Review: A movie-stealing Josh Gad elevates 'Artemis Fowl' from forgettable kid fantasy
Disney is chock-full of comic book superheroes and galactic good guys but lacks its own Harry Potter. The fantasy adventure “Artemis Fowl,” based on Eoin Colfer’s young-adult novels and bypassing movie theaters because of coronavirus, marks a decent if unspectacular effort to give Mickey Mouse's new streaming service its own kid-friendly franchise.
Directed by Kenneth Branagh, “Fowl” (★★½ out of four; rated PG; streaming Friday on Disney+) centers on its 12-year-old genius title character (Ferdia Shaw), a rebellious kid who comes from a long line of criminal masterminds, and introduces a hidden underground world of very powerful law-enforcing fairies.
It’s a fairly entertaining yet familiar narrative that’ll give tweens and teens a change of pace from bingeing “High School Musical” and “Descendants” flicks this summer. “Artemis Fowl" succeeds best, though, at giving “Frozen” mainstay Josh Gad a role to sink his teeth into – or in this case, freaky large jowls great for digging – that’s not a singing animated snowman.
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Gad’s bearded and dirty Mulch Diggums is an overgrown dwarf with a penchant for thievery who doubles as the narrator for the Irish-tinged story. Artemis is a brilliant little dude who's big on bespoke black suits but not authority. Bigger problems than his attitude at school arise when his father (Colin Farrell) is nabbed by a shadowy figure named Opal. To get dad back, Artemis has to pay a hefty price: Opal wants the Aculos, a magical artifact tied to the fairies, as ransom, and along the way the kid gets a crash course in the fantastical, plus finds enemies and allies alike among them.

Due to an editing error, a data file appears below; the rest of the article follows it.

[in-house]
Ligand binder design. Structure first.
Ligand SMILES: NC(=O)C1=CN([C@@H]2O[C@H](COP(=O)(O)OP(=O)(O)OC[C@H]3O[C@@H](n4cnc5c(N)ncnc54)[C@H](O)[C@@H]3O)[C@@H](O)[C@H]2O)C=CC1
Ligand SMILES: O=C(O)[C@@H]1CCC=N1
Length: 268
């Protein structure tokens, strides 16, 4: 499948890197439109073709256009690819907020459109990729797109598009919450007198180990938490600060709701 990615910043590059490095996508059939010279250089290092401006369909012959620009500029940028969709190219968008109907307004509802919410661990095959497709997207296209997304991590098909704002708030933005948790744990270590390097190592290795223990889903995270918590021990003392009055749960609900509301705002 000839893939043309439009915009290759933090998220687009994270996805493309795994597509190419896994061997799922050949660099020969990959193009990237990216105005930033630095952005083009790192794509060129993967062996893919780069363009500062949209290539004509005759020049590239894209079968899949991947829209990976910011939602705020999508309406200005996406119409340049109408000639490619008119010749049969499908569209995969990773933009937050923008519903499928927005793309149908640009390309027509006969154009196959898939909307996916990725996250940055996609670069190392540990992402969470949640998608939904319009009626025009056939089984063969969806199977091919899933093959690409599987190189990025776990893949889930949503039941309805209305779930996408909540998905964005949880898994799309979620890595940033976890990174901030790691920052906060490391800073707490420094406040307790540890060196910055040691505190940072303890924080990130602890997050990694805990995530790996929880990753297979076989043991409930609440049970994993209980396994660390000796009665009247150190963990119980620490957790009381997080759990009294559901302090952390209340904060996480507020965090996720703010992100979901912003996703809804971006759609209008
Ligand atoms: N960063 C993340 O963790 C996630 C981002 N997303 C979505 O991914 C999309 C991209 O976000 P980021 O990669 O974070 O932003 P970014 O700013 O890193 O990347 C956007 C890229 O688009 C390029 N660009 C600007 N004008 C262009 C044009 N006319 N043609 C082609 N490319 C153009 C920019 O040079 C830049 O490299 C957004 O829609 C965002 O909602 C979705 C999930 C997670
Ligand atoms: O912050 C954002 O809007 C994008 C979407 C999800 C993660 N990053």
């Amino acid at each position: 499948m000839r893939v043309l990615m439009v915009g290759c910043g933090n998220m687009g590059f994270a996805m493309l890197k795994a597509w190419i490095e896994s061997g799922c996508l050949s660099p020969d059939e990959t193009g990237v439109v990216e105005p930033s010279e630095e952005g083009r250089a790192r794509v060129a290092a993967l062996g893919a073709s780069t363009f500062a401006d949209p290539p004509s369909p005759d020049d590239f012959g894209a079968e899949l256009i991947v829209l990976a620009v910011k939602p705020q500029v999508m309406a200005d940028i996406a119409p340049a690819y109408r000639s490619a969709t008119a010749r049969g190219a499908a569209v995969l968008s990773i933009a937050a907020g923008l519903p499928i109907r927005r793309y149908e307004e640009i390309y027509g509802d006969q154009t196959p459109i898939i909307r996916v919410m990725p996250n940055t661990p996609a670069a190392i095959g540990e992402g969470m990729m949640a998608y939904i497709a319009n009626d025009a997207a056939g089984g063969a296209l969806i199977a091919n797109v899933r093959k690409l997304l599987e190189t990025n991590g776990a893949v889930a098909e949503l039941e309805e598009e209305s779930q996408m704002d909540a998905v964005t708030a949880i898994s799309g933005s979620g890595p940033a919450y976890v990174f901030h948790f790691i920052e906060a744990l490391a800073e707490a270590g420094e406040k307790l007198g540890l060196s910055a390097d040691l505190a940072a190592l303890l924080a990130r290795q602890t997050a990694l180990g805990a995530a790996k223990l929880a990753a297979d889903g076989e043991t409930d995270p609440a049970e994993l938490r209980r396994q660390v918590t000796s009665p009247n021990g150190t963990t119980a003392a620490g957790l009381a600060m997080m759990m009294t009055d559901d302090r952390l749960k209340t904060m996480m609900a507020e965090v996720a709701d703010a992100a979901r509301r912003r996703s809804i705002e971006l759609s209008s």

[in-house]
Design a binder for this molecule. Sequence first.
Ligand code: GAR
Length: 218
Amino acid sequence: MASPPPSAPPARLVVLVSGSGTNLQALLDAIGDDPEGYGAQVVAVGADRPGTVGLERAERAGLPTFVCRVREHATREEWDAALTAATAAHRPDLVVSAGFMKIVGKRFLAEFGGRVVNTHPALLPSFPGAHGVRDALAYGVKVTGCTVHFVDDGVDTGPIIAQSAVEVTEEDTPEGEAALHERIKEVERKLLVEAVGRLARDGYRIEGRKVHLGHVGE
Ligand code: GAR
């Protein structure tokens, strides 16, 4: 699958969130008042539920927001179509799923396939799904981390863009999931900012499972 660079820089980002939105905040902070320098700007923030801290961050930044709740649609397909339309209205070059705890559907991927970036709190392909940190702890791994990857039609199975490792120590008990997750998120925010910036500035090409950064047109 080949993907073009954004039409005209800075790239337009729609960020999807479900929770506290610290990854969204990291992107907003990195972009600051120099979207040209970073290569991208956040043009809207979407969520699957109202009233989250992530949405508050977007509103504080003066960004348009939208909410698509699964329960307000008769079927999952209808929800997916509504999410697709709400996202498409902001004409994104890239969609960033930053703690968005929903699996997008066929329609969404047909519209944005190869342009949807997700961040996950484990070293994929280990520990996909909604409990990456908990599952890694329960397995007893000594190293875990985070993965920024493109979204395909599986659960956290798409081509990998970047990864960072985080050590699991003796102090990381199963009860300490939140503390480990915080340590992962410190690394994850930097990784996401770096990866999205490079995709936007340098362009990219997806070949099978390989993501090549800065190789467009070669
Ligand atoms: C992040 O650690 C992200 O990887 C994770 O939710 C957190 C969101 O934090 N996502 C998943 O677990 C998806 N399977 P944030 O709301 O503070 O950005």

Judi Dench breaks out a very strange, Batman-ish growl as Commander Root, the fairy leader of the Lower Elements Police division LEPRecon (get it?) who wants to keep this entire situation from revealing too much to the humans up above. One of her lot, Holly Short (Lara McDonnell), first runs afoul of Artemis and later becomes a friend who fights alongside the kid’s loyal bodyguard Domovoi Butler (Nonso Anozie) and the big guy's sister Juliet (Tamara Smart), plus ne’er-do-well Mulch.
Gad’s insecure kleptomaniac is by far the most enjoyable oddball in the entire “Fowl” lineup – and not just because he distends his mouth to unorthodox proportions to burrow into locales for subterfuge like a mole-man James Bond. Gad brings a charming edge to Mulch’s unpredictable, sarcastic personality that’s, unfortunately, missing from his cohorts, including Artemis himself. Colfer’s main character has been Disney-fied from the scheming antihero in the books; here, he’s a wide-eyed youngster who’s way too strait-laced to be from a family of “criminal masterminds.” (Without saying too much, they’re not that bad.)
But Artemis does work as a sunglasses-clad gateway into a mythology that’s thankfully pretty inviting. Branagh doesn’t overdo it with the exposition: Those with the barest working knowledge of fantasy will be totally fine diving in, and there’s enough action, including an all-out siege at Artemis’ swanky home Fowl Manor, to keep the plot moving.
Rather than being a massive foul-up, “Artemis Fowl” is a sufficient spycraft fantasy that could benefit from the inevitable sequel, and Gad proves once again to be the Mouse House’s Dwayne Johnson, a rock-solid personality who makes everything around him better.
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